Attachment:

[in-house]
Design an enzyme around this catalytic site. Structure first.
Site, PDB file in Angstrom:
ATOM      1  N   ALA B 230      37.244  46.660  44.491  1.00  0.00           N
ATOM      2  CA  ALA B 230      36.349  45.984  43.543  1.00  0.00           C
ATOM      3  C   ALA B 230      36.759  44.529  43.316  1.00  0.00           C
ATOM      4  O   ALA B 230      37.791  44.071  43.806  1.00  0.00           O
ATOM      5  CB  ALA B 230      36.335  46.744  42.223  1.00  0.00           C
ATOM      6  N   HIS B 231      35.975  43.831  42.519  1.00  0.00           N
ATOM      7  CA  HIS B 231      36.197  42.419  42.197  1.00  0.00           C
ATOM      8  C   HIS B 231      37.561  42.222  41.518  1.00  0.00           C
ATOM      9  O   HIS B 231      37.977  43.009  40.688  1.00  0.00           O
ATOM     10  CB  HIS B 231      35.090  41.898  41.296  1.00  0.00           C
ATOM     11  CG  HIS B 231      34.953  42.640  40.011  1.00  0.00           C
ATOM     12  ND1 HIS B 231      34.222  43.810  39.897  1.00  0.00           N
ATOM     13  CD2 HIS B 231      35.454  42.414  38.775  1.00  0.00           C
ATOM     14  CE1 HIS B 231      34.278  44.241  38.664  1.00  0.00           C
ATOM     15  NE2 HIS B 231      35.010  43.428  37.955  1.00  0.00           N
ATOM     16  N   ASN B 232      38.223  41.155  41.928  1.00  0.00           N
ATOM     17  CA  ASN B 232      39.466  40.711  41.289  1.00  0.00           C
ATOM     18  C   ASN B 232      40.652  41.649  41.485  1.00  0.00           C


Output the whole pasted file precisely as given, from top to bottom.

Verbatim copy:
[in-house]
Design an enzyme around this catalytic site. Structure first.
Site, PDB file in Angstrom:
ATOM      1  N   ALA B 230      37.244  46.660  44.491  1.00  0.00           N
ATOM      2  CA  ALA B 230      36.349  45.984  43.543  1.00  0.00           C
ATOM      3  C   ALA B 230      36.759  44.529  43.316  1.00  0.00           C
ATOM      4  O   ALA B 230      37.791  44.071  43.806  1.00  0.00           O
ATOM      5  CB  ALA B 230      36.335  46.744  42.223  1.00  0.00           C
ATOM      6  N   HIS B 231      35.975  43.831  42.519  1.00  0.00           N
ATOM      7  CA  HIS B 231      36.197  42.419  42.197  1.00  0.00           C
ATOM      8  C   HIS B 231      37.561  42.222  41.518  1.00  0.00           C
ATOM      9  O   HIS B 231      37.977  43.009  40.688  1.00  0.00           O
ATOM     10  CB  HIS B 231      35.090  41.898  41.296  1.00  0.00           C
ATOM     11  CG  HIS B 231      34.953  42.640  40.011  1.00  0.00           C
ATOM     12  ND1 HIS B 231      34.222  43.810  39.897  1.00  0.00           N
ATOM     13  CD2 HIS B 231      35.454  42.414  38.775  1.00  0.00           C
ATOM     14  CE1 HIS B 231      34.278  44.241  38.664  1.00  0.00           C
ATOM     15  NE2 HIS B 231      35.010  43.428  37.955  1.00  0.00           N
ATOM     16  N   ASN B 232      38.223  41.155  41.928  1.00  0.00           N
ATOM     17  CA  ASN B 232      39.466  40.711  41.289  1.00  0.00           C
ATOM     18  C   ASN B 232      40.652  41.649  41.485  1.00  0.00           C